4. Jennifer Waite says:

      Since my previous comment we bought a house with original but poorly painted cabinets. I’m stripping, sanding and restaining them. It’s a messy, tedious job, but if you take your time and do it properly it’s worth it.

      We can’t afford to replace the cabinets, and if we did I know they wouldn’t be as good quality.

    5. Sorry, but I don’t like the old wood either, still dark. I think white would be better, nicer with the vintage floor

    6. I’m amazed at this Citrus Strip. If they ever need a spokesperson I volunteer. I’m currently stripping off about five layers of paint off a hand made bookcase I picked up off the side of the road. After picking it up six years ago I painted it an awful shade of taupe that I found in the bargain spot at the local hardware store. Turns out not only was it an ugly color it was the wrong kind of paint. Everything set on the shelves would stick to the surface.
      Now that I have learned a bit of patience the removal is going smoothly. Goodbye taupe, red (one of those DIY sponge paint jobs) pink, blue and green.

    7. I know this is an old post, but I tripped over it and thought I’d help out- SCHEIRICH was a cabinetry company out of Louisville, KY. It went out of business in the late 80s-early 90s. My grandfather worked for them in the fifties and sixties; the cabinets from that period were extremely well built, and the drawer design was patented until the 80s. (It was designed so that the drawers pulled out smoothly, and didn’t tip over with weight shifting.) I checked into adding to my own Scheirick cabinets some years ago and was told that building comparable ones today would exceed the cost of most modern custom cabinetry- apparently birchwood of that quality is expensive. I seem to recall my papau telling me they begun as a freestanding cabinetry/furniture company in the early 20th century; he always wanted one of their old “hoosier” cabinets, with the built-in flour sifter cabinet, but never got round to picking one up. Anyway- looks like you did a great job refinishing yours; Papau would be proud. (He loathed people who painted over good wood finishes! But he would, since he finished cabinets for a living!)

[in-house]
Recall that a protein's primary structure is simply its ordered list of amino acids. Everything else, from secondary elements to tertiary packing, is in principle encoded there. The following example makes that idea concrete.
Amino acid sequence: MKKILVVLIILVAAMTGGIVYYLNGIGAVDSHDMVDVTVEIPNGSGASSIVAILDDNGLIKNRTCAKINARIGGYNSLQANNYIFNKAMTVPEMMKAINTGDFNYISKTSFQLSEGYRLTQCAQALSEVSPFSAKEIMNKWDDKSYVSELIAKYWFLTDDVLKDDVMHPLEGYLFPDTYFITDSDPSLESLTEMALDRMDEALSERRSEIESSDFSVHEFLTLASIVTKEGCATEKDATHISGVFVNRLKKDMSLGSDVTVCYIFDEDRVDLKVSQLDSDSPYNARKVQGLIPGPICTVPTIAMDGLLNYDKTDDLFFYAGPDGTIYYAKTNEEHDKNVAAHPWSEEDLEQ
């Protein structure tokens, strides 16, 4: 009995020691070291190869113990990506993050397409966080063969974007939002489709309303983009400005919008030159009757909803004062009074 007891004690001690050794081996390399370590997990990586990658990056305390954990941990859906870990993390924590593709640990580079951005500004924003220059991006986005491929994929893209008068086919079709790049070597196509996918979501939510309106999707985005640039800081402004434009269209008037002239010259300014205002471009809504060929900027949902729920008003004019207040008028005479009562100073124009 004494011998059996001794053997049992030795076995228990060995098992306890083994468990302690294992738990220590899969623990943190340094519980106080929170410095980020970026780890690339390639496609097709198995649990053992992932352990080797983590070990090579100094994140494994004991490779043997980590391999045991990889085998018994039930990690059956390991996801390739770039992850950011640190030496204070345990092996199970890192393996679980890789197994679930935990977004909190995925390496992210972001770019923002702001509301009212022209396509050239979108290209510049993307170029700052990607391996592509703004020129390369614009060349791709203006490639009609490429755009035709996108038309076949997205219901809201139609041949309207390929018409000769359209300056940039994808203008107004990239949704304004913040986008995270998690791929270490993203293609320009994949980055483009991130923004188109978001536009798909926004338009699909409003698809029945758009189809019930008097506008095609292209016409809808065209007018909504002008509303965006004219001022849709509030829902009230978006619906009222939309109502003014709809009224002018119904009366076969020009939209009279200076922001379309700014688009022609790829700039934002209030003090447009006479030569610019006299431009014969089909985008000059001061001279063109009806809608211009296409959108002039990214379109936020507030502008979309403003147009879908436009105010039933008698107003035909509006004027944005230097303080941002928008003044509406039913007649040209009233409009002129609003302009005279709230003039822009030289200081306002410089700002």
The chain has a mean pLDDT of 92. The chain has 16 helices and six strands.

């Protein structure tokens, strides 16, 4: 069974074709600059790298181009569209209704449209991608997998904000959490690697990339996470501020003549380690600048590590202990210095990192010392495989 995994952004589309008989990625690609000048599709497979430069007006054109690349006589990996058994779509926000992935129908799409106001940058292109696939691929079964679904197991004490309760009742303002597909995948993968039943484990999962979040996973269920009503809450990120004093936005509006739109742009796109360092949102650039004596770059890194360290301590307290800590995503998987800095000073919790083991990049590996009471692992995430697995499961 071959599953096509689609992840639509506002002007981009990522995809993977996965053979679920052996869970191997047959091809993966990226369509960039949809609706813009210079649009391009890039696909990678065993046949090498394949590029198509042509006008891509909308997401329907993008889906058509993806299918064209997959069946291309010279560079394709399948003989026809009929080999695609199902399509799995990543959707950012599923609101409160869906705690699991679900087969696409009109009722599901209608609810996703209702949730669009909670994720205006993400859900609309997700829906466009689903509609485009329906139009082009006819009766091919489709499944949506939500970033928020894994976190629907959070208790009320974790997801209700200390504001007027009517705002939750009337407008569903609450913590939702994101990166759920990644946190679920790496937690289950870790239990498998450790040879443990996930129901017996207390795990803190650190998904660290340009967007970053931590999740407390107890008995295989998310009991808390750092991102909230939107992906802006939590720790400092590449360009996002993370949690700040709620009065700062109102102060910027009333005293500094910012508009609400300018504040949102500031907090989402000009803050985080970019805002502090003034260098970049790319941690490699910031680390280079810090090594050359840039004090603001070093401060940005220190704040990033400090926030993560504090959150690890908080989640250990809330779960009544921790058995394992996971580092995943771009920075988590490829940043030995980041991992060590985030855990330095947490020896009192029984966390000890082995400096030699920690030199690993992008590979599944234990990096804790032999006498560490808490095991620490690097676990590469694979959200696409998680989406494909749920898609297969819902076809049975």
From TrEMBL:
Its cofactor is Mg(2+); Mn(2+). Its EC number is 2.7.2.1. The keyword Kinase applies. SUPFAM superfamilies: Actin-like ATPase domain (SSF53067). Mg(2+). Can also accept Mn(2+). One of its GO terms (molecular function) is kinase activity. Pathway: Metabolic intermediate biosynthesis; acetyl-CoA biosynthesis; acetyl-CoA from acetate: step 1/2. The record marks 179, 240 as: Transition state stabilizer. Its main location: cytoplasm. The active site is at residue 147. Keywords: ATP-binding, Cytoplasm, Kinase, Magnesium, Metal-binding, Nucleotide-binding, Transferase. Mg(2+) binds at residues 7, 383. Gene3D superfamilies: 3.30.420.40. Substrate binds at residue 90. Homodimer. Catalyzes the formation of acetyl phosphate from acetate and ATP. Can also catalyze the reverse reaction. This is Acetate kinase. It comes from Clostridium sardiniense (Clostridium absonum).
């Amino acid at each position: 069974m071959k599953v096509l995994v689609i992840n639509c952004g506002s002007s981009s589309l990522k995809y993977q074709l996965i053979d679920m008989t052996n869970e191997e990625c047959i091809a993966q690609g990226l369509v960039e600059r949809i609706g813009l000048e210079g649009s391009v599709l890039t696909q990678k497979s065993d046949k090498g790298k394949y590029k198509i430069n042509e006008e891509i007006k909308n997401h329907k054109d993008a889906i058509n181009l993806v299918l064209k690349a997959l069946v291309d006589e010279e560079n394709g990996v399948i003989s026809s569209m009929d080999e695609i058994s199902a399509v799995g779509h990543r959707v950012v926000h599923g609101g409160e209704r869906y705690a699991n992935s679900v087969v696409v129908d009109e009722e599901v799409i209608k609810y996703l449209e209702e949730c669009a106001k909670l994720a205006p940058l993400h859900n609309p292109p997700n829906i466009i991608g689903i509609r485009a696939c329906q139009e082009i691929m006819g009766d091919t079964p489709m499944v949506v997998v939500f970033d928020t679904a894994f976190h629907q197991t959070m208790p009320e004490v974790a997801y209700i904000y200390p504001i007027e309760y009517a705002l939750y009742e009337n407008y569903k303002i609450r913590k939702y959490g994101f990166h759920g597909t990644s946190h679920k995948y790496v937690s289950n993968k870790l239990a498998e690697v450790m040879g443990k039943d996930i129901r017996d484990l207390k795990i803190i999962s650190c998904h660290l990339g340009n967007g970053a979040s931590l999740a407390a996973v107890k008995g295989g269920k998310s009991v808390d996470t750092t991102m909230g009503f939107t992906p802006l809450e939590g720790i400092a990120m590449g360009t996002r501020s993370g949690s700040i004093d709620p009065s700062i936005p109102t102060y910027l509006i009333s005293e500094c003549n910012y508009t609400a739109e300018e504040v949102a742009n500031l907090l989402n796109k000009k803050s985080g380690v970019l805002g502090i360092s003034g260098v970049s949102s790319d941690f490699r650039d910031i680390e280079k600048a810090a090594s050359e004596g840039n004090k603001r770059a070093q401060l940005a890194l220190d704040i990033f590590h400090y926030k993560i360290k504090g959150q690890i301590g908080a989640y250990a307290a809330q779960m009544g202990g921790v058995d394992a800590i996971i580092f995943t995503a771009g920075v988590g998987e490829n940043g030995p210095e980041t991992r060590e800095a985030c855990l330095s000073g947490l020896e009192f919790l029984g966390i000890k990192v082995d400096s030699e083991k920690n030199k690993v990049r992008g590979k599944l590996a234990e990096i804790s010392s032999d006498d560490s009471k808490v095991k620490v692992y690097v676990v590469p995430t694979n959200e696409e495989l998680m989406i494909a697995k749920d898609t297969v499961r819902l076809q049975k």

• Thanks for the background on the cabinets and your grandfather!

        • mindy Cook says:

          Hello Uncle Atom! I just wanted to tell you that you have really inspired me with your kitchen. It is gorgeous by the way! We just moved into a 1955 ranch home and someone painted over everything!We are in the process of stripping paint off of wood paneling and then we will be moving into the kitchen. After reading your article I feel inspired to do it. Thank you so much for sharing your project!

    8. You mentioned Shallac, but did you use a stain? I have tha exact same cabinets in an 80+ year home. The cabinet doors need some help. Can you tell me what color this stain is? thanks

    9. I have the same Sceirich cabinets and am looking for the wavy copper pulls. Any sources? Thanks, Janet

    10. I have the same Scheirich cabinets and am looking for the wavy copper pulls. Any sources? Thanks, Janet